It’s getting kids to eat what parents serve that causes so many problems.

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DINA ROSE, PhD is a sociologist, parent educator and feeding expert empowering parents to raise kids who eat right.

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Dinner Together Building Healthy Families One Meal at a Time.

Food Politics Marion Nestle's intelligent take on the politics of food and nutrition.

Fooducate Like Having a Dietician on Speed dial.

Hoboken Family Alliance A terrific resource for people living in the great city of Hoboken, NJ.

The Lunch Tray Everything you need to know about improving school lunches.

Parent Hacks Forehead-Smackingly Smart Tips

Raise Healthy Eaters One of the best blogs (other than my own) for learning to raise healthy eaters.

Real Mom Nutrition Tales from the Trenches. Advice for the Real World. From a mom-nutritionist who knows!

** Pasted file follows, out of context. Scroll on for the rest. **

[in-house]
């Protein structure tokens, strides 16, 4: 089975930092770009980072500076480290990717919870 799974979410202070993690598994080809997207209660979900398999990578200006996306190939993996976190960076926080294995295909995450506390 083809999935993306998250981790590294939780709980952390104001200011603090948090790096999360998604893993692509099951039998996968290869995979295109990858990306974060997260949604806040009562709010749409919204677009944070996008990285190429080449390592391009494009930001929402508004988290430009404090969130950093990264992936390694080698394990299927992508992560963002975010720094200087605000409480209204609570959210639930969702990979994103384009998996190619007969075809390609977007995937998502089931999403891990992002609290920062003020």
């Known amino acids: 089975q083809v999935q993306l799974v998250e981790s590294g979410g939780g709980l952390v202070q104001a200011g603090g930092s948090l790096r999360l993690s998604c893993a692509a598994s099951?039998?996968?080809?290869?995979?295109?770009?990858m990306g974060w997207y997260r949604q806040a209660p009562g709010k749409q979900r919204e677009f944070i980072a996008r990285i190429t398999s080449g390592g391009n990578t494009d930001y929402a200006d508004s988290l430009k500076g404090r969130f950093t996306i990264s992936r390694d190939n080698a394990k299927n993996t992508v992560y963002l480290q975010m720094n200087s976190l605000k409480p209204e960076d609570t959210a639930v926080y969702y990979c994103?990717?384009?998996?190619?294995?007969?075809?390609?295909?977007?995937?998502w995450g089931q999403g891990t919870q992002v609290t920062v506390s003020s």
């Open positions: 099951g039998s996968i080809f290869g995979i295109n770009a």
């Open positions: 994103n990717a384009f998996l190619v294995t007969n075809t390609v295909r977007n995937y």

Stay and Play The best indoor playspace on the East Coast. Oh yeah, and it happens to be owned by my brother.

weelicious Great Recipes for Kids 

Entries in Self-Control (3)

Tuesday
Nov082011

Healthy Eating for the Holidays

Here’s a healthy eating tip to get you and your toddlers through the holidays:

Teach your kids to problem solve.  And while you’re at it, teach them to plan ahead, self-soothe and delay gratification too.

I know it sounds far-fetched, but studies show these skills are related to healthy eating because they lead to what researchers call “effortful control.”  That’s a mouthful, right?

Effortful control: the ability to thoughtfully process information, to systematically make decisions and to regulate impulse and emotion.  Sounds like your toddler.  No?